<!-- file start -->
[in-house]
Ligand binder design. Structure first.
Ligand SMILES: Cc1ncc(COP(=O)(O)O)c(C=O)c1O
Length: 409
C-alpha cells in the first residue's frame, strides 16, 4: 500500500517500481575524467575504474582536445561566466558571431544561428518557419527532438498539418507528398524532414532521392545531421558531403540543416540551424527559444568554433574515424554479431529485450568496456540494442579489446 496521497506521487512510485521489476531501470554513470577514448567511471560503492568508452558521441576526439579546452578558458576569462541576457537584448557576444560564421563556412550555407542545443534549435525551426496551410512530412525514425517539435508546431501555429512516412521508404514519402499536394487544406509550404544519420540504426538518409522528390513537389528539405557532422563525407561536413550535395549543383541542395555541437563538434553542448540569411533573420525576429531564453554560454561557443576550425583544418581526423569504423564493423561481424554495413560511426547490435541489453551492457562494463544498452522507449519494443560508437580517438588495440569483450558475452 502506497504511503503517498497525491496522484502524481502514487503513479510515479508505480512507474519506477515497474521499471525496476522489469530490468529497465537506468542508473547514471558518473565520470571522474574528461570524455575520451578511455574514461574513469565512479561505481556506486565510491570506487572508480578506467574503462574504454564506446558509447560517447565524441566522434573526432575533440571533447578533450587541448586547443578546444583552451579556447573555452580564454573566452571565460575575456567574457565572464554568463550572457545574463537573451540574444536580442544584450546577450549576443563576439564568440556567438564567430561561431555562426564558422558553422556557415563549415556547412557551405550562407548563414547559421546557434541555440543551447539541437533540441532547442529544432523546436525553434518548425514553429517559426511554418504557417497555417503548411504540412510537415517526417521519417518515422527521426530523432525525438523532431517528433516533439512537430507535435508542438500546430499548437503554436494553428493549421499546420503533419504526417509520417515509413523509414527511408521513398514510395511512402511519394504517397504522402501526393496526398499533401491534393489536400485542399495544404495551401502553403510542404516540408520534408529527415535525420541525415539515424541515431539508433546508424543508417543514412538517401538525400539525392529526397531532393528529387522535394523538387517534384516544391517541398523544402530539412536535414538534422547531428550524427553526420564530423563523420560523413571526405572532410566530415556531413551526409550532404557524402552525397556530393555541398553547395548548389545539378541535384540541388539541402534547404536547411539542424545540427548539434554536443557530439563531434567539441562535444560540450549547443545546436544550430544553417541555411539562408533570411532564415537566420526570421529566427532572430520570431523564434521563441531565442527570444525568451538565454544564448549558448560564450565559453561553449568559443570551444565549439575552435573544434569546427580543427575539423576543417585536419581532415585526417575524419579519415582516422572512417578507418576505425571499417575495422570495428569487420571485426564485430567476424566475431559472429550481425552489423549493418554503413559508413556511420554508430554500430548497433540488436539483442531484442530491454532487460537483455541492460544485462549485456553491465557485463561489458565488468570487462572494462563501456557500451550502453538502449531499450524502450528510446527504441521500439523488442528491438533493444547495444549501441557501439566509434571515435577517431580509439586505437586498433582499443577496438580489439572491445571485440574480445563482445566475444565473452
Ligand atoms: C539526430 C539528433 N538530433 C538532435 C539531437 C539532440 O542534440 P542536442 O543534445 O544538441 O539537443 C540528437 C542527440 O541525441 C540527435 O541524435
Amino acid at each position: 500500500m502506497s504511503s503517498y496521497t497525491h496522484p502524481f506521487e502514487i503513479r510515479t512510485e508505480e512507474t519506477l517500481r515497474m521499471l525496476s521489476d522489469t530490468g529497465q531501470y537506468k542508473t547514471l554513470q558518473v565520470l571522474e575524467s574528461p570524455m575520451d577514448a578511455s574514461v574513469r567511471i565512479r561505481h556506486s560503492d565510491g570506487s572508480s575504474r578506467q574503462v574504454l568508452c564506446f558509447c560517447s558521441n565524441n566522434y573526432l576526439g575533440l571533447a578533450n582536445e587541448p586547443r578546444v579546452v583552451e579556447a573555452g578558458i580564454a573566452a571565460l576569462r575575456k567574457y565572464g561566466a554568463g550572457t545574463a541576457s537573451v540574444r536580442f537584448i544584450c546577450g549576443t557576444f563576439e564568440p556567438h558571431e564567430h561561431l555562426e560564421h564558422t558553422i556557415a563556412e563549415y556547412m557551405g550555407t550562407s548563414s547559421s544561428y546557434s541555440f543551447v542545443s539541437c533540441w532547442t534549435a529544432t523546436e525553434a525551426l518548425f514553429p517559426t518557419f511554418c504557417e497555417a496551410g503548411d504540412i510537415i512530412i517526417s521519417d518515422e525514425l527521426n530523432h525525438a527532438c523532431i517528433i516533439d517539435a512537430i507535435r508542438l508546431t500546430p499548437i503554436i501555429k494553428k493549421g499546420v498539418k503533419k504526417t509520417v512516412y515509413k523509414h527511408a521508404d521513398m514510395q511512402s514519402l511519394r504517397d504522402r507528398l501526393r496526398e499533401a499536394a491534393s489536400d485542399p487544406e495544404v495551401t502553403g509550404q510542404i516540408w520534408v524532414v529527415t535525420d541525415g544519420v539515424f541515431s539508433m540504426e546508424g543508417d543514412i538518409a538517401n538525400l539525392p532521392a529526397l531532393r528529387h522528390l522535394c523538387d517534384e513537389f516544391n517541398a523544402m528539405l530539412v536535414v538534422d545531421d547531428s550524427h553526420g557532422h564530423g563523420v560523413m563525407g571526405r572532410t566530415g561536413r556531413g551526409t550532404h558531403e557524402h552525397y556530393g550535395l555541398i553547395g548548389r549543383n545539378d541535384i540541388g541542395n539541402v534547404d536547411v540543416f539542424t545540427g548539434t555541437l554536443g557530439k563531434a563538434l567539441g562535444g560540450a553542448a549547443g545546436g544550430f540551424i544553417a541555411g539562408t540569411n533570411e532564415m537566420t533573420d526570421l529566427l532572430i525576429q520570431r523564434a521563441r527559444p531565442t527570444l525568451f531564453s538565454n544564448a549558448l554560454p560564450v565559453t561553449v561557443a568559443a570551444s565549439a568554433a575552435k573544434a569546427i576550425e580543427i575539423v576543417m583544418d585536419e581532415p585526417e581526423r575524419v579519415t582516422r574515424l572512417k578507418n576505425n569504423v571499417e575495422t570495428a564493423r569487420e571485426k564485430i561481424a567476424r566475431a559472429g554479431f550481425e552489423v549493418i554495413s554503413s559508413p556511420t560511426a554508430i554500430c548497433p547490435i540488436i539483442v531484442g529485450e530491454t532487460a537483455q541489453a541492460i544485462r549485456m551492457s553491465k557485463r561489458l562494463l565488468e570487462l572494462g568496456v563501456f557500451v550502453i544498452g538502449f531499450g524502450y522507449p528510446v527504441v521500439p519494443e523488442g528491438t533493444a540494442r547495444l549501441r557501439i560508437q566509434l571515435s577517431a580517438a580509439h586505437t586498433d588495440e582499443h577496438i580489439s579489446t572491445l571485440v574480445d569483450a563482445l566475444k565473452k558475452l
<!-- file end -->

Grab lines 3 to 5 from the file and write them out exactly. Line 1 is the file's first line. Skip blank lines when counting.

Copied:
Ligand SMILES: Cc1ncc(COP(=O)(O)O)c(C=O)c1O
Length: 409
C-alpha cells in the first residue's frame, strides 16, 4: 500500500517500481575524467575504474582536445561566466558571431544561428518557419527532438498539418507528398524532414532521392545531421558531403540543416540551424527559444568554433574515424554479431529485450568496456540494442579489446 496521497506521487512510485521489476531501470554513470577514448567511471560503492568508452558521441576526439579546452578558458576569462541576457537584448557576444560564421563556412550555407542545443534549435525551426496551410512530412525514425517539435508546431501555429512516412521508404514519402499536394487544406509550404544519420540504426538518409522528390513537389528539405557532422563525407561536413550535395549543383541542395555541437563538434553542448540569411533573420525576429531564453554560454561557443576550425583544418581526423569504423564493423561481424554495413560511426547490435541489453551492457562494463544498452522507449519494443560508437580517438588495440569483450558475452 502506497504511503503517498497525491496522484502524481502514487503513479510515479508505480512507474519506477515497474521499471525496476522489469530490468529497465537506468542508473547514471558518473565520470571522474574528461570524455575520451578511455574514461574513469565512479561505481556506486565510491570506487572508480578506467574503462574504454564506446558509447560517447565524441566522434573526432575533440571533447578533450587541448586547443578546444583552451579556447573555452580564454573566452571565460575575456567574457565572464554568463550572457545574463537573451540574444536580442544584450546577450549576443563576439564568440556567438564567430561561431555562426564558422558553422556557415563549415556547412557551405550562407548563414547559421546557434541555440543551447539541437533540441532547442529544432523546436525553434518548425514553429517559426511554418504557417497555417503548411504540412510537415517526417521519417518515422527521426530523432525525438523532431517528433516533439512537430507535435508542438500546430499548437503554436494553428493549421499546420503533419504526417509520417515509413523509414527511408521513398514510395511512402511519394504517397504522402501526393496526398499533401491534393489536400485542399495544404495551401502553403510542404516540408520534408529527415535525420541525415539515424541515431539508433546508424543508417543514412538517401538525400539525392529526397531532393528529387522535394523538387517534384516544391517541398523544402530539412536535414538534422547531428550524427553526420564530423563523420560523413571526405572532410566530415556531413551526409550532404557524402552525397556530393555541398553547395548548389545539378541535384540541388539541402534547404536547411539542424545540427548539434554536443557530439563531434567539441562535444560540450549547443545546436544550430544553417541555411539562408533570411532564415537566420526570421529566427532572430520570431523564434521563441531565442527570444525568451538565454544564448549558448560564450565559453561553449568559443570551444565549439575552435573544434569546427580543427575539423576543417585536419581532415585526417575524419579519415582516422572512417578507418576505425571499417575495422570495428569487420571485426564485430567476424566475431559472429550481425552489423549493418554503413559508413556511420554508430554500430548497433540488436539483442531484442530491454532487460537483455541492460544485462549485456553491465557485463561489458565488468570487462572494462563501456557500451550502453538502449531499450524502450528510446527504441521500439523488442528491438533493444547495444549501441557501439566509434571515435577517431580509439586505437586498433582499443577496438580489439572491445571485440574480445563482445566475444565473452